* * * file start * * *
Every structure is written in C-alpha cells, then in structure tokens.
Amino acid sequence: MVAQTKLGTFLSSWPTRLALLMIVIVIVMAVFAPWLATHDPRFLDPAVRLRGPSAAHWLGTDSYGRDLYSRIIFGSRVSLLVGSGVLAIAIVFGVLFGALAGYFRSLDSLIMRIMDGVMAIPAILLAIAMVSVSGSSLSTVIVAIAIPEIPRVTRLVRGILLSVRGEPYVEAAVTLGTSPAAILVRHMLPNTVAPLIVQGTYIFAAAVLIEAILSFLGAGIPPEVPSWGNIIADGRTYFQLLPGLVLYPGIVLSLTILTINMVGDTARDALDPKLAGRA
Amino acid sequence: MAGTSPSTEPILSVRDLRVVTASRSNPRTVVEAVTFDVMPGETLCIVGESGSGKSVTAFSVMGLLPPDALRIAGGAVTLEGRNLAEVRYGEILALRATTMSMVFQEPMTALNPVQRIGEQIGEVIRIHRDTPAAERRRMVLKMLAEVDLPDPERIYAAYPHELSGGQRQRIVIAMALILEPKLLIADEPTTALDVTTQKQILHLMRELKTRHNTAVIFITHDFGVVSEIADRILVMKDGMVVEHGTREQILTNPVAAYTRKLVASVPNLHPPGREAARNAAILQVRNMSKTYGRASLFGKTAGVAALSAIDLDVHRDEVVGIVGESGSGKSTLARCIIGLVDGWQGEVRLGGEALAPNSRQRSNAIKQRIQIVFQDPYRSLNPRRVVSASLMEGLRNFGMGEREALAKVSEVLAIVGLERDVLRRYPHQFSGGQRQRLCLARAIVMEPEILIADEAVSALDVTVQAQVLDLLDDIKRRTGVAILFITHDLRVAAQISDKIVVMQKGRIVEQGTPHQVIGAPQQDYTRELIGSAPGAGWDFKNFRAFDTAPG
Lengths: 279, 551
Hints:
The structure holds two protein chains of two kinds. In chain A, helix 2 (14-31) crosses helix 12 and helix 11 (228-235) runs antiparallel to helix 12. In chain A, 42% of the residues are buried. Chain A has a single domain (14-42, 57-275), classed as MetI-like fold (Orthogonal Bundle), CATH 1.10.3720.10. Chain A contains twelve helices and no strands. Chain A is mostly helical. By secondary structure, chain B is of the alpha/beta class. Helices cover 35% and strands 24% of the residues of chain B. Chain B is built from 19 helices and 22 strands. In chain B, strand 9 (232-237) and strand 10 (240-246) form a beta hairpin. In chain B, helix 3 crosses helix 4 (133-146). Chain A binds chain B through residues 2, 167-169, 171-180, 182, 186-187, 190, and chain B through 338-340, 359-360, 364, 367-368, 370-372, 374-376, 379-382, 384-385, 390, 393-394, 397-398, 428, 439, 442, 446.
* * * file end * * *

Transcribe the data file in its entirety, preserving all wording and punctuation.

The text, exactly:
Every structure is written in C-alpha cells, then in structure tokens.
Amino acid sequence: MVAQTKLGTFLSSWPTRLALLMIVIVIVMAVFAPWLATHDPRFLDPAVRLRGPSAAHWLGTDSYGRDLYSRIIFGSRVSLLVGSGVLAIAIVFGVLFGALAGYFRSLDSLIMRIMDGVMAIPAILLAIAMVSVSGSSLSTVIVAIAIPEIPRVTRLVRGILLSVRGEPYVEAAVTLGTSPAAILVRHMLPNTVAPLIVQGTYIFAAAVLIEAILSFLGAGIPPEVPSWGNIIADGRTYFQLLPGLVLYPGIVLSLTILTINMVGDTARDALDPKLAGRA
Amino acid sequence: MAGTSPSTEPILSVRDLRVVTASRSNPRTVVEAVTFDVMPGETLCIVGESGSGKSVTAFSVMGLLPPDALRIAGGAVTLEGRNLAEVRYGEILALRATTMSMVFQEPMTALNPVQRIGEQIGEVIRIHRDTPAAERRRMVLKMLAEVDLPDPERIYAAYPHELSGGQRQRIVIAMALILEPKLLIADEPTTALDVTTQKQILHLMRELKTRHNTAVIFITHDFGVVSEIADRILVMKDGMVVEHGTREQILTNPVAAYTRKLVASVPNLHPPGREAARNAAILQVRNMSKTYGRASLFGKTAGVAALSAIDLDVHRDEVVGIVGESGSGKSTLARCIIGLVDGWQGEVRLGGEALAPNSRQRSNAIKQRIQIVFQDPYRSLNPRRVVSASLMEGLRNFGMGEREALAKVSEVLAIVGLERDVLRRYPHQFSGGQRQRLCLARAIVMEPEILIADEAVSALDVTVQAQVLDLLDDIKRRTGVAILFITHDLRVAAQISDKIVVMQKGRIVEQGTPHQVIGAPQQDYTRELIGSAPGAGWDFKNFRAFDTAPG
Lengths: 279, 551
Hints:
The structure holds two protein chains of two kinds. In chain A, helix 2 (14-31) crosses helix 12 and helix 11 (228-235) runs antiparallel to helix 12. In chain A, 42% of the residues are buried. Chain A has a single domain (14-42, 57-275), classed as MetI-like fold (Orthogonal Bundle), CATH 1.10.3720.10. Chain A contains twelve helices and no strands. Chain A is mostly helical. By secondary structure, chain B is of the alpha/beta class. Helices cover 35% and strands 24% of the residues of chain B. Chain B is built from 19 helices and 22 strands. In chain B, strand 9 (232-237) and strand 10 (240-246) form a beta hairpin. In chain B, helix 3 crosses helix 4 (133-146). Chain A binds chain B through residues 2, 167-169, 171-180, 182, 186-187, 190, and chain B through 338-340, 359-360, 364, 367-368, 370-372, 374-376, 379-382, 384-385, 390, 393-394, 397-398, 428, 439, 442, 446.